When you were six months, finally old enough
for sunscreen, we played on the beach all day. We all
got burnt, except for you. The white cream caked
in your scalp like vernix, flecked with blood-brown sand.
Try as we might, the sea water wouldn't wash
the earth away from your body until it all
wore off on its own, leaving you bare,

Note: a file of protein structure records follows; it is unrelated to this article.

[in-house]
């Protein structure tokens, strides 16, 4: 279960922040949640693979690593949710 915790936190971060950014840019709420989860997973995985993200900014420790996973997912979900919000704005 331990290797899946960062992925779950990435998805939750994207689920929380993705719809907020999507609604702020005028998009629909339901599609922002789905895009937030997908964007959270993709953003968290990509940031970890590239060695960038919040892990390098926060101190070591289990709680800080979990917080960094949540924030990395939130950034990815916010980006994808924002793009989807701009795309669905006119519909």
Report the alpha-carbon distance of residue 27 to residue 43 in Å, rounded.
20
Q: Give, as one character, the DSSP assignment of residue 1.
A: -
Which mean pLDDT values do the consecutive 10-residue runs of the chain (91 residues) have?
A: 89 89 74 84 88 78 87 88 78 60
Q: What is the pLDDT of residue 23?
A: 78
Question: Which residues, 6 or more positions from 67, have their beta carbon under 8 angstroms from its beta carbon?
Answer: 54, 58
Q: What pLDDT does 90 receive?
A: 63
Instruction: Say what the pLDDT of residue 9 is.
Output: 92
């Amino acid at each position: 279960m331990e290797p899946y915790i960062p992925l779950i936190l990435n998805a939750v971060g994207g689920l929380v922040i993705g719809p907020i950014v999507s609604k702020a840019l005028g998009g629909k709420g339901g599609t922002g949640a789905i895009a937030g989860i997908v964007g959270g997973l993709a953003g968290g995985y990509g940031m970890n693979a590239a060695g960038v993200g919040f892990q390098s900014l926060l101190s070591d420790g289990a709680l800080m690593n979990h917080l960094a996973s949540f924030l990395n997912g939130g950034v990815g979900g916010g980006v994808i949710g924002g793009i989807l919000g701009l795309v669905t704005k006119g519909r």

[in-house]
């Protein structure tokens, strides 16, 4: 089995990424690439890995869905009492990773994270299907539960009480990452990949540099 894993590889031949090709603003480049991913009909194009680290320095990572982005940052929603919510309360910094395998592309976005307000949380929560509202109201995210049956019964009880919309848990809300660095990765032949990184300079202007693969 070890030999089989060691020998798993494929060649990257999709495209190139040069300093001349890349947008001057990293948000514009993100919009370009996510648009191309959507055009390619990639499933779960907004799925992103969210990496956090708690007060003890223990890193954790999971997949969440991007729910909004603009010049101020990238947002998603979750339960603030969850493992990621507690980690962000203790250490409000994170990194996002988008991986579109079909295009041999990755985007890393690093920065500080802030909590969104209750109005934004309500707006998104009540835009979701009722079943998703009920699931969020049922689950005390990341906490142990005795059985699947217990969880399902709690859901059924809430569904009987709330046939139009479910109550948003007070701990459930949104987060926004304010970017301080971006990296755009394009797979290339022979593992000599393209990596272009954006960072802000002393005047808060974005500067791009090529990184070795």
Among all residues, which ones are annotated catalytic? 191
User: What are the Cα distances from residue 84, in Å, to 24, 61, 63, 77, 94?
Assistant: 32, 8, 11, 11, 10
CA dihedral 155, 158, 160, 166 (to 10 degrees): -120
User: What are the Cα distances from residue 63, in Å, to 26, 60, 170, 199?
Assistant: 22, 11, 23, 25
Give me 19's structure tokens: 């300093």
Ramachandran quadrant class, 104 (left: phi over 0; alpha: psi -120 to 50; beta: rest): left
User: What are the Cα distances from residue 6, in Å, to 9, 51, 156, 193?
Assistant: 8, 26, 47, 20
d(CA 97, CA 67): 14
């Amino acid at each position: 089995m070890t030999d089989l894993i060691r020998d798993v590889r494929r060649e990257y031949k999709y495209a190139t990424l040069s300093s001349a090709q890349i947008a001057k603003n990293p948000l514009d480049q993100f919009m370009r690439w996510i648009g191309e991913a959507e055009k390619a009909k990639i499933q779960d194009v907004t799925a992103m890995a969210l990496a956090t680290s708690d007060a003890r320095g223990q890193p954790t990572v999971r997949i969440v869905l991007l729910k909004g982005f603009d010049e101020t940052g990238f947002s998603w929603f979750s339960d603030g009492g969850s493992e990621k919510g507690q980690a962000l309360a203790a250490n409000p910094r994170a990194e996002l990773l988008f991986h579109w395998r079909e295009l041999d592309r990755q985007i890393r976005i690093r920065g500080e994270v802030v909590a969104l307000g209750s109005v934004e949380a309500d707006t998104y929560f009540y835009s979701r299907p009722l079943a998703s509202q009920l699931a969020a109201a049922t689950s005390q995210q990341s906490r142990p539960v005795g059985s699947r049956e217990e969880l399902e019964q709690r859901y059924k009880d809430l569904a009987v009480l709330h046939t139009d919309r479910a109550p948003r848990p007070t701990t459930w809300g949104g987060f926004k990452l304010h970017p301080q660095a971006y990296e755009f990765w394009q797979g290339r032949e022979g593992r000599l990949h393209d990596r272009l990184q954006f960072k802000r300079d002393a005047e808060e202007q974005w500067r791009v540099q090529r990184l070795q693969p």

vulnerable to the burning light.
We were very careful to reapply
every hour, until the earth itself
turned around to shield your shell-pink skin.
The light grew softer, colder, then was gone.
That's when we bundled you up and took you home,
back to the city with all its safer lights.
A sonnet for St. Benedict
5 days ago